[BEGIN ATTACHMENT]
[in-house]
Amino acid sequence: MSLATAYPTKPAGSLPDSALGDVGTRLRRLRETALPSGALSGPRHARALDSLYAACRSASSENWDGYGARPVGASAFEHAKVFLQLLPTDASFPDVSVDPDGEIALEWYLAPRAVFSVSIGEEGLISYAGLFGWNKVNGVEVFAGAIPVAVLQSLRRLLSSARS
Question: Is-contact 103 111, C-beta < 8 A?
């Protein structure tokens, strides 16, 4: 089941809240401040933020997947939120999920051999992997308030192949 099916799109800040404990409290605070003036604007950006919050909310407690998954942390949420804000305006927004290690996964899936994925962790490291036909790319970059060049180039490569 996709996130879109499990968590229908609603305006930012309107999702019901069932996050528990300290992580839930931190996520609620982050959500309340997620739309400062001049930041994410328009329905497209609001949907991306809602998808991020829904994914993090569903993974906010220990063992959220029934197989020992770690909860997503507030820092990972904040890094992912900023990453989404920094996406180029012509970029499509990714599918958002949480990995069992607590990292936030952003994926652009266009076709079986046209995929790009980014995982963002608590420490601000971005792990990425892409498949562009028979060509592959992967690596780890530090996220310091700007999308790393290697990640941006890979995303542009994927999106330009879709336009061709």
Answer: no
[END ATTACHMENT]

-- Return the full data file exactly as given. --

[in-house]
Amino acid sequence: MSLATAYPTKPAGSLPDSALGDVGTRLRRLRETALPSGALSGPRHARALDSLYAACRSASSENWDGYGARPVGASAFEHAKVFLQLLPTDASFPDVSVDPDGEIALEWYLAPRAVFSVSIGEEGLISYAGLFGWNKVNGVEVFAGAIPVAVLQSLRRLLSSARS
Question: Is-contact 103 111, C-beta < 8 A?
């Protein structure tokens, strides 16, 4: 089941809240401040933020997947939120999920051999992997308030192949 099916799109800040404990409290605070003036604007950006919050909310407690998954942390949420804000305006927004290690996964899936994925962790490291036909790319970059060049180039490569 996709996130879109499990968590229908609603305006930012309107999702019901069932996050528990300290992580839930931190996520609620982050959500309340997620739309400062001049930041994410328009329905497209609001949907991306809602998808991020829904994914993090569903993974906010220990063992959220029934197989020992770690909860997503507030820092990972904040890094992912900023990453989404920094996406180029012509970029499509990714599918958002949480990995069992607590990292936030952003994926652009266009076709079986046209995929790009980014995982963002608590420490601000971005792990990425892409498949562009028979060509592959992967690596780890530090996220310091700007999308790393290697990640941006890979995303542009994927999106330009879709336009061709």
Answer: no